I received this book for free from NetGalley in exchange for an honest review. This does not affect my opinion of the book or the content of my review.
Published by Random House Canada, Atria/Emily Bestler Books on July 5th 2016
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An astonishingly inventive and terrifying debut horror novel about the emergence of an ancient race of carnivorous spiders, dormant for ten thousand years but now very much awake. There's a reason we're afraid of spiders...
A local guide is leading wealthy tourists through a forest in Peru when a strange, black, skittering mass engulfs him and most of the party. FBI Agent Mike Rich is on a routine stakeout in Minneapolis when he's suddenly called by the director himself to investigate a mysterious plane crash. A scientist studying earthquakes in India registers an unprecedented pattern in local seismic readings. The US president, her defence and national security advisers and her chief of staff are dumped into crisis mode when China "accidentally" drops a nuclear bomb on a desolate region of its own country. As such unsettling occurrences mount, the president's old friend (and her chief of staff's ex-wife), spider expert Melanie Guyer, receives a box at her lab at American University that contains an ancient egg unearthed at a South American dig. So begins The Hatching, the hair-raising saga of a single week in which an ancient, frighteningly predatory species of spider re-emerges in force. When the unusual egg in Melanie Guyer's lab begins to vibrate and crack, she finds herself at the epicentre of this apocalyptic natural disaster. Working closely with her ex-husband and his very powerful boss, she has to find some way to stem the brutal tide of man-eating arachnids.
Hatching is a novel that unapologetically tells you what it is from the get go. This is a novel about carnivorous spiders. The novel isn’t about the coming together of humanity, the over coming of individuals in the face of sure death or the small acts of kindness bestowed by strangers in a time of crises..it’s about an ancient egg sac that is discovered beneath the Inca lines only weeks before it hatches, unleashing hungry eight-legged anthropoids on the the modern world.
The Hatching is written like a horror movie, slowly creating a world of the “every day” winds up in chaos with the introduction of the alien spider-creatures. Why do I call them spider-creatures? Well, normal spiders do not eat humans and they also do not work in large swarms – eek. In fact, I think some species eat each other rather than work in tandem to hunt larger prey. During the slow and inevitable fall of civilization due to spiders, we meet a vast cast of characters who are all the cookie cutter roles ranging from the kind-hearted President, the politically minded aide, the obsessive scientist and the sexy FBI agent – but this is all part of the fun. Honestly, The Hatching is a novel that follows all the usual plots with some fun plot twists and creepy imagery – its not a masterpiece that will sit on library shelves next to Moby Dick, but it is mastery in its own genre: contemporary horror.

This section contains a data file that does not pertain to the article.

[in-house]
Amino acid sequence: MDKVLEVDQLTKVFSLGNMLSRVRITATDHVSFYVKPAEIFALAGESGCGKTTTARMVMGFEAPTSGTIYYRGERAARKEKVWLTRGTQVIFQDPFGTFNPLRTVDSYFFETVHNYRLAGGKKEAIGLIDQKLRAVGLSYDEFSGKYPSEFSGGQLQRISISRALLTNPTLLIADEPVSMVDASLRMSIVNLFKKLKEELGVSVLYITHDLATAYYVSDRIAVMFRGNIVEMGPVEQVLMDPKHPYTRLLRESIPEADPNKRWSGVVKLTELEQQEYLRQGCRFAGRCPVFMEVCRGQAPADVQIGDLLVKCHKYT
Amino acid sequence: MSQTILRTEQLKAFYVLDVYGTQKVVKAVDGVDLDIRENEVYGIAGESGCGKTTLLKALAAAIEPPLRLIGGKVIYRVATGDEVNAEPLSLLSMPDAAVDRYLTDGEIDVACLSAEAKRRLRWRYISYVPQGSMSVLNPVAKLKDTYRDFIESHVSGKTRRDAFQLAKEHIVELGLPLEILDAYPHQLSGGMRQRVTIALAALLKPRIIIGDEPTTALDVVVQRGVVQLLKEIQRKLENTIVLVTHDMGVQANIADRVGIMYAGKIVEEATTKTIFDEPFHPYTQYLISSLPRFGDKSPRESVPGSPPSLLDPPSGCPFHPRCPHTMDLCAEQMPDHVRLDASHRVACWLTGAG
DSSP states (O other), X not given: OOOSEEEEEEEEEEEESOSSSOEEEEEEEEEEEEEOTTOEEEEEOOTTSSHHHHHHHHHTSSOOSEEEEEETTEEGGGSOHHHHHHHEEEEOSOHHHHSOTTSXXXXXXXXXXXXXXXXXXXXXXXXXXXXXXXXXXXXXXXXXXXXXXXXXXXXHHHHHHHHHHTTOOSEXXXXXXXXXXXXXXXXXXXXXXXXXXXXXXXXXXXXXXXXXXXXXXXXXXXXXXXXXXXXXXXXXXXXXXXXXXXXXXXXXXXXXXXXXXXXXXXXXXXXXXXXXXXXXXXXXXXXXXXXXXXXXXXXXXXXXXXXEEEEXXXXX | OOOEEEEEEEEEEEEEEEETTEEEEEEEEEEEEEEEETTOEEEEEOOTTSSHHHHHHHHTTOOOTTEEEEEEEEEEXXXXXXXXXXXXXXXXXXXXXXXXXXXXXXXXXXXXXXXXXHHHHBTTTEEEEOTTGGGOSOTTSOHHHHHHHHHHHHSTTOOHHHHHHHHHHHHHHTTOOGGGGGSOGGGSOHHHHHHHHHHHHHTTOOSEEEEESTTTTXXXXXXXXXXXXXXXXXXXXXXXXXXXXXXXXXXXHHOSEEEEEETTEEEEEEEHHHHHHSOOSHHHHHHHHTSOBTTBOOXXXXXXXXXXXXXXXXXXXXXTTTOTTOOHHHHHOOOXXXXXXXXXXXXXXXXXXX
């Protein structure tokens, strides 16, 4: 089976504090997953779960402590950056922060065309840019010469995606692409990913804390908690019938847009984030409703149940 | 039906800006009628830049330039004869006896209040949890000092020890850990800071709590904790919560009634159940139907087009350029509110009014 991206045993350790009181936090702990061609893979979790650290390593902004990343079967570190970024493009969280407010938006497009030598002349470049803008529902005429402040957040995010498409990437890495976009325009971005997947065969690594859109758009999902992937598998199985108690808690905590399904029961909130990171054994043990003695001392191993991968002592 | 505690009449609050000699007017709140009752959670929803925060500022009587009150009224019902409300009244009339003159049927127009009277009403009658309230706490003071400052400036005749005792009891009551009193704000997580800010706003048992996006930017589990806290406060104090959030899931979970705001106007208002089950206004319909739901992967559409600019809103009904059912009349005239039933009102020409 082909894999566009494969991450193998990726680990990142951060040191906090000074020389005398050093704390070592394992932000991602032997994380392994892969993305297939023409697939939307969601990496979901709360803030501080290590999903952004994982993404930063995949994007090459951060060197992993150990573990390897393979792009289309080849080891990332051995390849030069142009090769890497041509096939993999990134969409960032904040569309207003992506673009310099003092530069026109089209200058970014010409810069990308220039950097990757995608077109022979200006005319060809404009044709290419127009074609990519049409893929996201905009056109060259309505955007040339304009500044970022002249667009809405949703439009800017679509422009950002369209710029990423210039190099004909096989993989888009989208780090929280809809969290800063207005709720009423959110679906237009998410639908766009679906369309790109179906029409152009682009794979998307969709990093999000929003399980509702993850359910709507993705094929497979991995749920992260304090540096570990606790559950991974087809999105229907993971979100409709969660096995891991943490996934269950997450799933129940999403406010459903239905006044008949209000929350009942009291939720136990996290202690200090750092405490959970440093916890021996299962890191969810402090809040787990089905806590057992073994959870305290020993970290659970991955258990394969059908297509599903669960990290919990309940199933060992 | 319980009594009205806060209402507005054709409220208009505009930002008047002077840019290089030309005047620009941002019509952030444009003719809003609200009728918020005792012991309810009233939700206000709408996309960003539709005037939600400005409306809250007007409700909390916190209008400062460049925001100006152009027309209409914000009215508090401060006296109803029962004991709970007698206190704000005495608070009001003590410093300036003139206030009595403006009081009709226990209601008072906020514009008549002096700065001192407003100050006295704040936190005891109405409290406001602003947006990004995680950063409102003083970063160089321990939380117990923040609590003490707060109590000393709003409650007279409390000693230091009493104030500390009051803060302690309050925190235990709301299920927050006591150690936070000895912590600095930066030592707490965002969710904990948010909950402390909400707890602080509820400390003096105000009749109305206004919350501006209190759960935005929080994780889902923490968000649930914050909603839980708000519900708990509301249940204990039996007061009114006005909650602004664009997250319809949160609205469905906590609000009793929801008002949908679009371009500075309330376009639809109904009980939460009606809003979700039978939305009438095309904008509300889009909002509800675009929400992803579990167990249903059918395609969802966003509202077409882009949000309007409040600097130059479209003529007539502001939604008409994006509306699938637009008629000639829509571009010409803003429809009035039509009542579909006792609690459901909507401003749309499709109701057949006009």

If you’re going to read the Hatching then don’t expect Shakespeare with deep philosophical meanderings. This book is all action, horror and suspense – but in a good way.
Fortunately, it appears Boone wanted establish his world building before slipping into the true revelations concerning the spiders and their behaviour. Although this means the story starts of slow with a smattering of unrelated characters and story lines, inevitably each character comes into contact with one another where personal histories and rivalries help to develop a more complex story beyond spider-creatures devouring people. Really, the creep factor only begins to ramp up a third of the way through with a slow burn that leaves you scratching for more (HA! See what I did there?).
I am incredibly excited to see where Boone takes this series in book two after the build up from book one: characters are in danger, the spiders have successfully taken over the Americas and giant revelations about the nature of the spiders is revealed. Talk about cliffhanger!
This book will appeal to readers who enjoy contemporary horror, novels about “natural” disasters caused by other species, action and adventure novels that focus on a cast of characters with prestigious backgrounds and novels with somewhat unusual but predictable plots. I wouldn’t suggest this to readers who are deathly afraid of spiders because there are plenty of creepy crawlies and the suspense leading up to the big reveal keeps you scratching all the way through the novel.